Hot off the press, the Academic Prospectus 2015-2016 is a must read.
Prospective students eager to hold the academic riches of the Bloomberg School in their hands can thumb through the just-printed Academic Prospectus 2015-2016. As the main recruiting tool for Admissions, the 70-page booklet distills the offerings of the School and offers clear instruction about how to apply.
“This is the only (print) publication designed for somebody who may not know much about Public Health or the School,” says Leslie K. Vink, Director of Recruitment, Communications and Events.
A color-coded chart displays the range of degrees, from a Master of Public Health to a Doctor of Science. Vital details like application deadlines and program durations are simple to scan. Spotlight articles convey a personal touch, featuring current students assuring others that “I’m doing it, you can too!”
Best of all, prospective students are only an email or phone call away from real, live, human points-of-contact who know the ins and outs of all the various departments.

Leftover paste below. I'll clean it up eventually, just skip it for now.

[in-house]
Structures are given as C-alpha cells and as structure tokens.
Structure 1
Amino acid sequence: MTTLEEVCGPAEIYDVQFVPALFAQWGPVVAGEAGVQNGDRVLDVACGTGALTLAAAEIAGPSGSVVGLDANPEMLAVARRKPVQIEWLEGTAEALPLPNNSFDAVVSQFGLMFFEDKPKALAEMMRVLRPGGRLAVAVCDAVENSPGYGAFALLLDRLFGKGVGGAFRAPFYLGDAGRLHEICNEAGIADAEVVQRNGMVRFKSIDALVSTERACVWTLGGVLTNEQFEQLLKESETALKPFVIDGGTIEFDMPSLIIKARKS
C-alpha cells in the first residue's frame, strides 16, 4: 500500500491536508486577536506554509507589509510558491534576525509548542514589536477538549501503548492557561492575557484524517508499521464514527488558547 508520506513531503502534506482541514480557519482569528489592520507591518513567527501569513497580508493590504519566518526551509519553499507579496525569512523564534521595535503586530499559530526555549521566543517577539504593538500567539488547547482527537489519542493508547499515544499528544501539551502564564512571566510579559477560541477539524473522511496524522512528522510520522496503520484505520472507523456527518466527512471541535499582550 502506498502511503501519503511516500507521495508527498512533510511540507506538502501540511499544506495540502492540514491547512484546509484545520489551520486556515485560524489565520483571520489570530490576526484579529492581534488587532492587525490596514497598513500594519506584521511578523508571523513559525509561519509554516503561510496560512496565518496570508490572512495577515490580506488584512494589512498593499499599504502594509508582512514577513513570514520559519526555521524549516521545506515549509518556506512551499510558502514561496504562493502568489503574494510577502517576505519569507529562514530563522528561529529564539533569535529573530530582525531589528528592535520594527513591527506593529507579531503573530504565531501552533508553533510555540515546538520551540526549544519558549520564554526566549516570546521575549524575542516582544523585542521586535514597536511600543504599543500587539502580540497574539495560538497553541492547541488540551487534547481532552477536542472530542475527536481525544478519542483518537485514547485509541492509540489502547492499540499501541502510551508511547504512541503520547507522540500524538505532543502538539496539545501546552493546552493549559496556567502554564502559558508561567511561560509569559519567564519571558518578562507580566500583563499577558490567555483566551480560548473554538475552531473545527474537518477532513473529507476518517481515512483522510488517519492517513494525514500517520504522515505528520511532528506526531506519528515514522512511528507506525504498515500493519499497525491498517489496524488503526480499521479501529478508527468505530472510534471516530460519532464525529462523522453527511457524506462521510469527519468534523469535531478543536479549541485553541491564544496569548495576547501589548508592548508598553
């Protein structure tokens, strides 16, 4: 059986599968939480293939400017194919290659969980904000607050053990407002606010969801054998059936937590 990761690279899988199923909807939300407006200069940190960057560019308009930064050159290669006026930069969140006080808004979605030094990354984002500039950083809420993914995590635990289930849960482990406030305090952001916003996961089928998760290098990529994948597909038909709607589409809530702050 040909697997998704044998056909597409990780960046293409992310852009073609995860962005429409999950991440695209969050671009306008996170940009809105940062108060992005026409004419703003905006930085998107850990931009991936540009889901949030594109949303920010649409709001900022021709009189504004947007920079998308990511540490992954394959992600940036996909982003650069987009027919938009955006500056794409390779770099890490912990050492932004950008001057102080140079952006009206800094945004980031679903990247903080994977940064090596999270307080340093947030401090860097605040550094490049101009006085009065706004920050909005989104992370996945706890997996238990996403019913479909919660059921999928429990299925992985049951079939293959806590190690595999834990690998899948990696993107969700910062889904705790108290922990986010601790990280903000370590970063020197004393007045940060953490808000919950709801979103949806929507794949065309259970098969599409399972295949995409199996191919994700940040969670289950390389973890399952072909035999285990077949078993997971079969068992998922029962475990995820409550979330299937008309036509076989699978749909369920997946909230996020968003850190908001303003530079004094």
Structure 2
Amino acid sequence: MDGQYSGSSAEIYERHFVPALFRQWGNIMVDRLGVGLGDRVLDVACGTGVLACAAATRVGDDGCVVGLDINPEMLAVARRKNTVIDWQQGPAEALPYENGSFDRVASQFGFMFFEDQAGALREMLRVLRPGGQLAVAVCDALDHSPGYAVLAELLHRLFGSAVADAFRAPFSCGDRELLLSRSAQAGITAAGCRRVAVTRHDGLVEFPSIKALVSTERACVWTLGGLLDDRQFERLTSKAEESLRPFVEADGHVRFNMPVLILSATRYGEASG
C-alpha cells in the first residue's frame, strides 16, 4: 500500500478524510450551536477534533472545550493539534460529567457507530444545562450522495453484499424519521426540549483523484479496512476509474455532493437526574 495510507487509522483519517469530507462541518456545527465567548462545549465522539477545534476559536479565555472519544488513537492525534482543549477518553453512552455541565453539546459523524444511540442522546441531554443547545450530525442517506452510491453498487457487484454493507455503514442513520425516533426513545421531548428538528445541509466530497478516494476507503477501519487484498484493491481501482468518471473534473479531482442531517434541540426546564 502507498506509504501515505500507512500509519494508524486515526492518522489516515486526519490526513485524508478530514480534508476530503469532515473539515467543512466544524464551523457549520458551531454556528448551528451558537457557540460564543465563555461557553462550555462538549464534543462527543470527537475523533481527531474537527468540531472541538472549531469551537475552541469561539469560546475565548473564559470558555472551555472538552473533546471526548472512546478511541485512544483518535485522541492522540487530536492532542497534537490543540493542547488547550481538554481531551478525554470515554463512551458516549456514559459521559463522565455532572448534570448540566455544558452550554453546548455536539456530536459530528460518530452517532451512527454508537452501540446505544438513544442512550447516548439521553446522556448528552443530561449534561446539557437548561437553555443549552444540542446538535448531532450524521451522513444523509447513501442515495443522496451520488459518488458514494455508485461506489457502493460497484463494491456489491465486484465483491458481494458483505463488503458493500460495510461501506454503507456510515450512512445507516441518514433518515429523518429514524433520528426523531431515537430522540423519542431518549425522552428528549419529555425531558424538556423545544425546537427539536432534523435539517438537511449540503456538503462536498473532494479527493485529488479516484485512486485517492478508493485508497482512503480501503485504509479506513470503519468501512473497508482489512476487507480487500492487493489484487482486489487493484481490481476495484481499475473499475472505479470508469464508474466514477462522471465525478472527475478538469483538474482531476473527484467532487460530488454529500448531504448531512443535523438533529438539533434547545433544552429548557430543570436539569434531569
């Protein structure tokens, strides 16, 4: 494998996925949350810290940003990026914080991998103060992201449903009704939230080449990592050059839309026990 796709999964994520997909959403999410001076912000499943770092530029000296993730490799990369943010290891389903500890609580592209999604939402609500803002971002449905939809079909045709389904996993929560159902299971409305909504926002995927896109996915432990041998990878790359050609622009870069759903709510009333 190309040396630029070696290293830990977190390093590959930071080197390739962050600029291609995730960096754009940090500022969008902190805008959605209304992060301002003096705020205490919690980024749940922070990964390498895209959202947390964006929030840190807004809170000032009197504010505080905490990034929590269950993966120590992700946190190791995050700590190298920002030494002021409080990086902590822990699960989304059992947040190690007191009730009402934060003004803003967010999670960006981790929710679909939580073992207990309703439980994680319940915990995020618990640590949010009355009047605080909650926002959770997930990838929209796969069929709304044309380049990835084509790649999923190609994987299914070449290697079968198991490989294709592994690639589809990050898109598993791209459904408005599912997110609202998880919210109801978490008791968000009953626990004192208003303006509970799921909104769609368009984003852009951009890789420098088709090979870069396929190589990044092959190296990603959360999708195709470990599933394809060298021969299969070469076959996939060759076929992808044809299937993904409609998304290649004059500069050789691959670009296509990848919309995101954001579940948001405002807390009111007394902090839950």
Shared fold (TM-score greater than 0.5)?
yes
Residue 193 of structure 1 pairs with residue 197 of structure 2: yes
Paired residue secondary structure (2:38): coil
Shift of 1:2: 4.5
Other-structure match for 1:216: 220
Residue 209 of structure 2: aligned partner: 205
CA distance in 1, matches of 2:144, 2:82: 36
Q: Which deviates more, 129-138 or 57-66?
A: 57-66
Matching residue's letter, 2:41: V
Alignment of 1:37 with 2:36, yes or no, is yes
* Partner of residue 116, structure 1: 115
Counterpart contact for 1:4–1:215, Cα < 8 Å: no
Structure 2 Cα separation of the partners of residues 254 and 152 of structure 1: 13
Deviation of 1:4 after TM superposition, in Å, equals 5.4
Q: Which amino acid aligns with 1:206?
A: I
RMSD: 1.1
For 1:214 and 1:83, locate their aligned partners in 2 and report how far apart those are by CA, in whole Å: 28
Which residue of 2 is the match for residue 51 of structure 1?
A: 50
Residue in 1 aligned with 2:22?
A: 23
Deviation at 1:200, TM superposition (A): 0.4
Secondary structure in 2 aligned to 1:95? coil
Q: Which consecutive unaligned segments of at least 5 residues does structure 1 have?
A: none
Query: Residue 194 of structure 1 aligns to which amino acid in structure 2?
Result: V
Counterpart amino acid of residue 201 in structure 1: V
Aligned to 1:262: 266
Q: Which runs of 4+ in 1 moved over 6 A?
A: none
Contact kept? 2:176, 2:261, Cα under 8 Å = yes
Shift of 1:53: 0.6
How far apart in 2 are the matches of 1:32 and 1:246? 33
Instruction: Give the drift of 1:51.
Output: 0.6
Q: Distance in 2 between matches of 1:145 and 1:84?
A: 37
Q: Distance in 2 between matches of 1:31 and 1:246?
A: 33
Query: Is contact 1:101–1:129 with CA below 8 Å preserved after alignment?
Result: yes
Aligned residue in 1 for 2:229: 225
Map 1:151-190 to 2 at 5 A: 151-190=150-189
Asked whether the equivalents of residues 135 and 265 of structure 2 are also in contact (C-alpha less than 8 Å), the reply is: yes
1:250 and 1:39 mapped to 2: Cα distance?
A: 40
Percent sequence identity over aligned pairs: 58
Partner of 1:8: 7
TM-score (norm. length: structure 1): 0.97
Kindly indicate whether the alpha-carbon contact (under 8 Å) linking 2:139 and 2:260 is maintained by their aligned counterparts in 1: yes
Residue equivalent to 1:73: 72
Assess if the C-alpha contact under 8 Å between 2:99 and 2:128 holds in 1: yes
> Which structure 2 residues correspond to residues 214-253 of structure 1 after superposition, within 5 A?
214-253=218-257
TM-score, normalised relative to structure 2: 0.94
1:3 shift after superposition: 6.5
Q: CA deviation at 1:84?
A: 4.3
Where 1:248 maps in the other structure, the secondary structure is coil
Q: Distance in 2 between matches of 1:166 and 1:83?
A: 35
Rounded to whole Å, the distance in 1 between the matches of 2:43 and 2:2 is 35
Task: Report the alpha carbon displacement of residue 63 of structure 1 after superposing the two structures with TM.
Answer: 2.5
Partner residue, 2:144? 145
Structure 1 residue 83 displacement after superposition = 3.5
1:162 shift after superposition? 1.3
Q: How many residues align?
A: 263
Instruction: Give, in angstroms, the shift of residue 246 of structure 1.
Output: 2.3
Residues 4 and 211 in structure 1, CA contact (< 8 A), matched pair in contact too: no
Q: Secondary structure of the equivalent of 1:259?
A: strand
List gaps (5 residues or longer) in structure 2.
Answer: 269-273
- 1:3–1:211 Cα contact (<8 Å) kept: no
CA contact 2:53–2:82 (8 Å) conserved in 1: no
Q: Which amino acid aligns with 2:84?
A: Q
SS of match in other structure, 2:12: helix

“It’s like a very thick business card,” says Admissions spokesman Amy Galloway, alluding to the booklet’s heft and its evolution into a one-stop resource that’s clear, colorful and captivating.
About 7,500 copies will travel with Admissions reps to 60-plus recruiting events annually. Most students and professionals they meet request a helpful nudge in the right direction within the vast field that is Public Health.
“Everywhere we go, people want something in their hand to walk away with,” says Vink. “I love meeting people and hearing their stories, then giving them the tools to go even farther.”
This new Prospectus heralds the School’s much-anticipated Centennial. During the 2015-2016 academic year, faculty, staff, students and alumni will celebrate the past 100 years as well as future opportunities to continue promoting their collective mission of “protecting health, saving lives—millions at a time.”
The booklet invites readers to join in by posing this provocative question: How will you make public health history?